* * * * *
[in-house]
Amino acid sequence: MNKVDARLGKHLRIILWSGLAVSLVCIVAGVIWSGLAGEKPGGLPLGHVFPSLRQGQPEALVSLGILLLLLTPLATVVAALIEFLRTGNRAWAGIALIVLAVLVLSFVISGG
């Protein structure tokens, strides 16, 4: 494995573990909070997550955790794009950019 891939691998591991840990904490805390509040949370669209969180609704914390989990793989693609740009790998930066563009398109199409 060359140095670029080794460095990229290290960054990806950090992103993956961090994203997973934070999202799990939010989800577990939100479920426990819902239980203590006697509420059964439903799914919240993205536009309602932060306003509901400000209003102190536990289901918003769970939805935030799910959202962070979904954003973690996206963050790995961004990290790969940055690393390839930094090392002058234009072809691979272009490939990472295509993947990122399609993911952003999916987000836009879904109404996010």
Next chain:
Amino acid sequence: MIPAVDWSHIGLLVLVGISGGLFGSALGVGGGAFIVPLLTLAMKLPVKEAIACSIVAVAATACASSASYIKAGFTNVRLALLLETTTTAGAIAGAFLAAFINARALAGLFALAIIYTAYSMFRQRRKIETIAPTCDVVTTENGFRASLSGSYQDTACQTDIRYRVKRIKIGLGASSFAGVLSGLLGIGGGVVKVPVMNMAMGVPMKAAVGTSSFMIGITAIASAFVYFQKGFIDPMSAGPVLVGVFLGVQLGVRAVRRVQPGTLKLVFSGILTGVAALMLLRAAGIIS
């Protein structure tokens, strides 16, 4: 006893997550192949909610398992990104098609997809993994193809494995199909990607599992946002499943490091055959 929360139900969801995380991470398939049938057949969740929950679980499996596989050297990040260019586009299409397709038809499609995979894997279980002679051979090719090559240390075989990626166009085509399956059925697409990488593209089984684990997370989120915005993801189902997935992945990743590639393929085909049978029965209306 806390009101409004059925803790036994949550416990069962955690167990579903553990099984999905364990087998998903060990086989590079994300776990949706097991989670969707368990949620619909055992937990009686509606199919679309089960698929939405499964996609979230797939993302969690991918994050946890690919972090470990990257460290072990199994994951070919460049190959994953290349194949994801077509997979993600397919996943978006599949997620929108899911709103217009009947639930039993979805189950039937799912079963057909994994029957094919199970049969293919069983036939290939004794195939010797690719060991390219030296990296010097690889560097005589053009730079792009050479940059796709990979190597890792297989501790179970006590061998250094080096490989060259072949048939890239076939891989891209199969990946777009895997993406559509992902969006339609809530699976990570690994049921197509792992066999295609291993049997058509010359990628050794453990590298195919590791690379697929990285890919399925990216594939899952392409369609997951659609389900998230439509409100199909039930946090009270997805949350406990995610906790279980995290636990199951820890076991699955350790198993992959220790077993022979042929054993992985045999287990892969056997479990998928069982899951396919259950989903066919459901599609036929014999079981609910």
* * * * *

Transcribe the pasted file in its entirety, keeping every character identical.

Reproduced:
[in-house]
Amino acid sequence: MNKVDARLGKHLRIILWSGLAVSLVCIVAGVIWSGLAGEKPGGLPLGHVFPSLRQGQPEALVSLGILLLLLTPLATVVAALIEFLRTGNRAWAGIALIVLAVLVLSFVISGG
């Protein structure tokens, strides 16, 4: 494995573990909070997550955790794009950019 891939691998591991840990904490805390509040949370669209969180609704914390989990793989693609740009790998930066563009398109199409 060359140095670029080794460095990229290290960054990806950090992103993956961090994203997973934070999202799990939010989800577990939100479920426990819902239980203590006697509420059964439903799914919240993205536009309602932060306003509901400000209003102190536990289901918003769970939805935030799910959202962070979904954003973690996206963050790995961004990290790969940055690393390839930094090392002058234009072809691979272009490939990472295509993947990122399609993911952003999916987000836009879904109404996010």
Next chain:
Amino acid sequence: MIPAVDWSHIGLLVLVGISGGLFGSALGVGGGAFIVPLLTLAMKLPVKEAIACSIVAVAATACASSASYIKAGFTNVRLALLLETTTTAGAIAGAFLAAFINARALAGLFALAIIYTAYSMFRQRRKIETIAPTCDVVTTENGFRASLSGSYQDTACQTDIRYRVKRIKIGLGASSFAGVLSGLLGIGGGVVKVPVMNMAMGVPMKAAVGTSSFMIGITAIASAFVYFQKGFIDPMSAGPVLVGVFLGVQLGVRAVRRVQPGTLKLVFSGILTGVAALMLLRAAGIIS
């Protein structure tokens, strides 16, 4: 006893997550192949909610398992990104098609997809993994193809494995199909990607599992946002499943490091055959 929360139900969801995380991470398939049938057949969740929950679980499996596989050297990040260019586009299409397709038809499609995979894997279980002679051979090719090559240390075989990626166009085509399956059925697409990488593209089984684990997370989120915005993801189902997935992945990743590639393929085909049978029965209306 806390009101409004059925803790036994949550416990069962955690167990579903553990099984999905364990087998998903060990086989590079994300776990949706097991989670969707368990949620619909055992937990009686509606199919679309089960698929939405499964996609979230797939993302969690991918994050946890690919972090470990990257460290072990199994994951070919460049190959994953290349194949994801077509997979993600397919996943978006599949997620929108899911709103217009009947639930039993979805189950039937799912079963057909994994029957094919199970049969293919069983036939290939004794195939010797690719060991390219030296990296010097690889560097005589053009730079792009050479940059796709990979190597890792297989501790179970006590061998250094080096490989060259072949048939890239076939891989891209199969990946777009895997993406559509992902969006339609809530699976990570690994049921197509792992066999295609291993049997058509010359990628050794453990590298195919590791690379697929990285890919399925990216594939899952392409369609997951659609389900998230439509409100199909039930946090009270997805949350406990995610906790279980995290636990199951820890076991699955350790198993992959220790077993022979042929054993992985045999287990892969056997479990998928069982899951396919259950989903066919459901599609036929014999079981609910």